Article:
‘Bearded lady’ lizards raise stronger offspring

By Joshua Rapp Learn

Some female lizards have bright colors on their necks – a male-like trait. ©Tracy Langkilde

Typical female fence lizards (Sceloporus undulatus) sport drab brown colors, but a few of them display the shiny blue neck patches more commonly found on males.

Previous research has shown that these females with male-like characteristics don’t have as much luck finding male suitors in the wild, but a new study suggests they make up for this lack of reproduction by producing better quality offspring.

Caption: From right to left: a male, a female with male-like ornamentation and a stereotypical female. ©Tracy Langkilde

“Males might prefer the unornamented females, but they don’t reject the ornamented ones,” said Tracy Langkilde, the head of the biology department at The Pennsylvania State University and a co-author of the  study in the Journal of Zoology. “These typically male ornaments have some costs in females but also some benefits.”

Fence lizards are found across the Southwest. Males sport bright blue and green bellies, while the females are usually brown and beige. But a subset of females displays patches of bright coloring around their chins similar to males, prompting Langkilde and her co-authors to dub them “bearded ladies.”

Noticing that these “bearded ladies” were more common in some areas than others, the researchers wanted to better understand why their traits had become favored in those populations. They analyzed these females’ hatchlings and compared them with the offspring of drabber females. They also compared other characteristics, such as the hatchlings’ sprint speed and responsiveness to predators.

The predator responsiveness tests involved placing adult and hatchlings around the nests of fire ants, which can kill the reptiles. They tapped the fire ant nests to aggravate the insects and watched if the lizards would run away or try evasive maneuvers to get the ants off their back.

These small actions are critical because a small group of fire ants can kill a lizard very quickly by prying up their scales to sting their exposed skin underneath. In this experiment lead author Braulio Assis, a graduate student in biology at PSU, removed the hatchlings before they were killed.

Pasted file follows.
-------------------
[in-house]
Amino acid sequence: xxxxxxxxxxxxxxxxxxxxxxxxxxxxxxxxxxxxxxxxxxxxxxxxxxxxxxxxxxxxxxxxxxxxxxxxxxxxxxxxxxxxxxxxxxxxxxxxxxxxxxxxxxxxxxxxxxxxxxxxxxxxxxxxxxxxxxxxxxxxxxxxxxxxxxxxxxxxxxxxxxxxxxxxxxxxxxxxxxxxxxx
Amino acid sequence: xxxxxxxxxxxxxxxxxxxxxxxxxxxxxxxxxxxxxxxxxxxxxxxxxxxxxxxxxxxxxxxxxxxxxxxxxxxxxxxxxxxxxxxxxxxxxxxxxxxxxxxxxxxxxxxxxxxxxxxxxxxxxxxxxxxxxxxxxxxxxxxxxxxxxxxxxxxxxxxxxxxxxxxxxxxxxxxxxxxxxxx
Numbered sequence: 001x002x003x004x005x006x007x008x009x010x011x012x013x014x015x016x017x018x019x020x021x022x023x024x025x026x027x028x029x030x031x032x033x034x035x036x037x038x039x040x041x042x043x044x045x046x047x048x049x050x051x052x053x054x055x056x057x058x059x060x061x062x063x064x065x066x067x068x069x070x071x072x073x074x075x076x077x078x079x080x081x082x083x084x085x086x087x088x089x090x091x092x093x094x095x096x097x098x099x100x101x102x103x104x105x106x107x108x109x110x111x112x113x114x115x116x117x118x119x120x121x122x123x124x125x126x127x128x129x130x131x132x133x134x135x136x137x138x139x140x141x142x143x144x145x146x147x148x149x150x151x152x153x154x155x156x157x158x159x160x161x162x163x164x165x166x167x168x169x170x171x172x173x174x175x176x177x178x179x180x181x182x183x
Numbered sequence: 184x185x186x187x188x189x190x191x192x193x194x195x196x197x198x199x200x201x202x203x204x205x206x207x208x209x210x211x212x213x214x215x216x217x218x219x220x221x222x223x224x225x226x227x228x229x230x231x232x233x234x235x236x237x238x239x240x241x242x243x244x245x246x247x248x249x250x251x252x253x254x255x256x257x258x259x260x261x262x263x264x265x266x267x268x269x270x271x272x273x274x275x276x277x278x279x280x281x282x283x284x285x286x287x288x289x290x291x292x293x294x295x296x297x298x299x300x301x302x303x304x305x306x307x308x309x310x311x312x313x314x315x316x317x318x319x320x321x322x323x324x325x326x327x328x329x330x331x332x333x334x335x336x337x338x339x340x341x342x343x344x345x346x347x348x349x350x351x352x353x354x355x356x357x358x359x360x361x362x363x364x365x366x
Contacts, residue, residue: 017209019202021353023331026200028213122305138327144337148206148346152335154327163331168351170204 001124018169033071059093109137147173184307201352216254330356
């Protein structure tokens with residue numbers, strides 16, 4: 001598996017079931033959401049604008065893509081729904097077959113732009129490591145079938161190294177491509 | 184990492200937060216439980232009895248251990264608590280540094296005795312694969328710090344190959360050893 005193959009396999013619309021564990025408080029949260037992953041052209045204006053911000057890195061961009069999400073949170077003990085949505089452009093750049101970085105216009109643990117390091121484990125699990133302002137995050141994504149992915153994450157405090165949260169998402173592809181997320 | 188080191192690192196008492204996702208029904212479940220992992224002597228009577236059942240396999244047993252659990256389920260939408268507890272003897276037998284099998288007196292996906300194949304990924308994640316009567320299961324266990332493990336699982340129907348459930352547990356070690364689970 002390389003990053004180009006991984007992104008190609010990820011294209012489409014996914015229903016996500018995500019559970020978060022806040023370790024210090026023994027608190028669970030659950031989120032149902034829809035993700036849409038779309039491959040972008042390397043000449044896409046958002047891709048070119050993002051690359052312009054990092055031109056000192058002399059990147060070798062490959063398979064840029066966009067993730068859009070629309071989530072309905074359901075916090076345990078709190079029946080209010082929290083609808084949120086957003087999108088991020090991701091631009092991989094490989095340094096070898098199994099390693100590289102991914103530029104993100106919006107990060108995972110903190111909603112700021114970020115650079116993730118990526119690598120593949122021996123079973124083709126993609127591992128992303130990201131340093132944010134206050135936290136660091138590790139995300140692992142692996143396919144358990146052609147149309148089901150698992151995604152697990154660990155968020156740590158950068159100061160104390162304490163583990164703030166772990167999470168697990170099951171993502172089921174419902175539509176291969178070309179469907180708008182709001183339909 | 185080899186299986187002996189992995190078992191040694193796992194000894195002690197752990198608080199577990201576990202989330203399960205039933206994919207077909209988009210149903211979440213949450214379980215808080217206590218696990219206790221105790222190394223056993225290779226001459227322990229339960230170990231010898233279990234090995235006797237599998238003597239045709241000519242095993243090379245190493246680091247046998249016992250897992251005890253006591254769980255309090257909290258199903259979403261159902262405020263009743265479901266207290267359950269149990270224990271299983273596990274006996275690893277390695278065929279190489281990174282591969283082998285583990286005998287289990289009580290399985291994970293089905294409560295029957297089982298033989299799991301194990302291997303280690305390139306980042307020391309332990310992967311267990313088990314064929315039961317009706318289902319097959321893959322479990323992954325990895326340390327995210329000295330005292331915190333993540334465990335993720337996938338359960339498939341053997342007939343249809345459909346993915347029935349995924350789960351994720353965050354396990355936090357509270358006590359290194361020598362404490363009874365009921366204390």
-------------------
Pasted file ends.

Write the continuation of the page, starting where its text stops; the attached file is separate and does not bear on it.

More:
Female lizards with male-like ornamentation have wilier offspring. ©Tracy Langkilde

The researchers discovered that the ornamented females’ hatchlings were a little wiser to predators, fleeing quicker at the threat of danger. This is particularly useful in parts of the lizards’ range, which have a lot of fire ants. Since these insects are invasive, Langkilde said, many fence lizards don’t realize the threat they pose until it’s too late.

Other tests showed that the ornamented females were faster in sprints and their offspring had slightly longer bodies.

An earlier study had shown that males preferred to mate with brown and beige females rather than the ornamented ones. Males even occasionally bite or attack ornamented females just as they would when males encroached on their territory, Langkilde said.

Or they might worry the females will attack them, Langkilde said. “They might think twice about courting these females.”

But this research shows that breeding with ornamented females may result in advantages for offspring in terms of resisting invasive predators like fire ants. The ornamented females and their offspring may survive better in areas with lots of predators — in some areas almost 95 percent of the females have these male-like characteristics.

“In areas where the going’s really tough, the traits are worth it,” Langkilde said.

On the other hand, traditional females may attract mates more quickly in areas with lower amounts of predators.

The authors believe the two different types of female fence lizards may have evolved to deal in different areas with different environmental conditions.

“Under tough environmental conditions, the physiology behind a trait that would otherwise be considered unattractive can in fact make these lizards more competitive and bear offspring that are more likely to survive,” Assis said.

Joshua LearnJoshua Rapp Learn is a science writer at The Wildlife Society. Contact him at jlearn@wildlife.org with any questions or comments about his article.

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